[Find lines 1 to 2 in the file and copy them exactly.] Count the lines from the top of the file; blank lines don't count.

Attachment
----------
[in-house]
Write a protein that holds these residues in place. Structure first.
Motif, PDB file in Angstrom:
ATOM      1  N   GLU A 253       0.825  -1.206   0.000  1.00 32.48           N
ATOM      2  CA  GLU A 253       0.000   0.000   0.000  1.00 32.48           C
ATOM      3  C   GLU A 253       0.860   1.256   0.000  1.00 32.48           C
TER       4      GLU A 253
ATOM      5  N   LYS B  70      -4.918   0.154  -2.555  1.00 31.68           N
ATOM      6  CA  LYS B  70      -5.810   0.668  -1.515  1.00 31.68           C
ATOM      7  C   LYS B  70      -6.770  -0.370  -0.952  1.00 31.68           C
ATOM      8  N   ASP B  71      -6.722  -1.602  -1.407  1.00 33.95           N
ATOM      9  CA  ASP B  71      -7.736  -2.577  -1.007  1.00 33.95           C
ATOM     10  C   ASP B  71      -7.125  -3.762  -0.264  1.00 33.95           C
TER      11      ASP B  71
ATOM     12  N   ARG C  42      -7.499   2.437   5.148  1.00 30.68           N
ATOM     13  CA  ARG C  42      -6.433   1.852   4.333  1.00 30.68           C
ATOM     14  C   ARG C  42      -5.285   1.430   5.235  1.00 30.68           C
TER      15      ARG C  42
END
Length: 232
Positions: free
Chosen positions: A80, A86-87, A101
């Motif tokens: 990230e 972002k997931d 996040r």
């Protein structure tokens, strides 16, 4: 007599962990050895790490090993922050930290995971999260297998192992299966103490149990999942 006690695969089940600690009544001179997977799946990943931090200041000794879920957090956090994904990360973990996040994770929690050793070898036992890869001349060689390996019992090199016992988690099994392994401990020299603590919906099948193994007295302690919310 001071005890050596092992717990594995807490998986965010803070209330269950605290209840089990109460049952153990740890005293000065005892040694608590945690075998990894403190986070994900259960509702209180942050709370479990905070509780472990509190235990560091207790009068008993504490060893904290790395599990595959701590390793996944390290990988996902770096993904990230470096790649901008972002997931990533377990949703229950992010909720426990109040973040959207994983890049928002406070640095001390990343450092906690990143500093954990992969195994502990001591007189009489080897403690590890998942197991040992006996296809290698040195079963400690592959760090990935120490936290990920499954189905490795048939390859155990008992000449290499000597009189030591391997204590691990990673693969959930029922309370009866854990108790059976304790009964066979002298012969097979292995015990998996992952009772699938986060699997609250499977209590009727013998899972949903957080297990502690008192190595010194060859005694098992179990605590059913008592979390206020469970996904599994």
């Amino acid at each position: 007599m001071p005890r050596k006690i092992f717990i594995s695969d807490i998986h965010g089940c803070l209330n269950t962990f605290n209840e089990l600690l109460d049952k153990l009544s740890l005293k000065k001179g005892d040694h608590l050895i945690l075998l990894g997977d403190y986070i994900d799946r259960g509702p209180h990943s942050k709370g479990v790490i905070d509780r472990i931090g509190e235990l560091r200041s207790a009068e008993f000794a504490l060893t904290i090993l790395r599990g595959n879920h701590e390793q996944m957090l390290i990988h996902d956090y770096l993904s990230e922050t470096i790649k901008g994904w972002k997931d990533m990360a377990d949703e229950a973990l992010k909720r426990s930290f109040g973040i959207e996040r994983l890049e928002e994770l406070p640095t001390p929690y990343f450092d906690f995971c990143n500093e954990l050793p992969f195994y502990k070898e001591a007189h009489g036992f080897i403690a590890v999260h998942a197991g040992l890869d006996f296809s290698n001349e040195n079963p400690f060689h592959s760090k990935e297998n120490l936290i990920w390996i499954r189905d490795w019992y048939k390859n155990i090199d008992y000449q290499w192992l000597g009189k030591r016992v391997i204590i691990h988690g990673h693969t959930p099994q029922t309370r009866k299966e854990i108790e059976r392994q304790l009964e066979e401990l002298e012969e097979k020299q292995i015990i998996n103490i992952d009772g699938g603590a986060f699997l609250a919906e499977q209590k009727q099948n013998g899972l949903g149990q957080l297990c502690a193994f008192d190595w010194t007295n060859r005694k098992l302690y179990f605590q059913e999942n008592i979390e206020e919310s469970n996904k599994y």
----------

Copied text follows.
[in-house]
Write a protein that holds these residues in place. Structure first.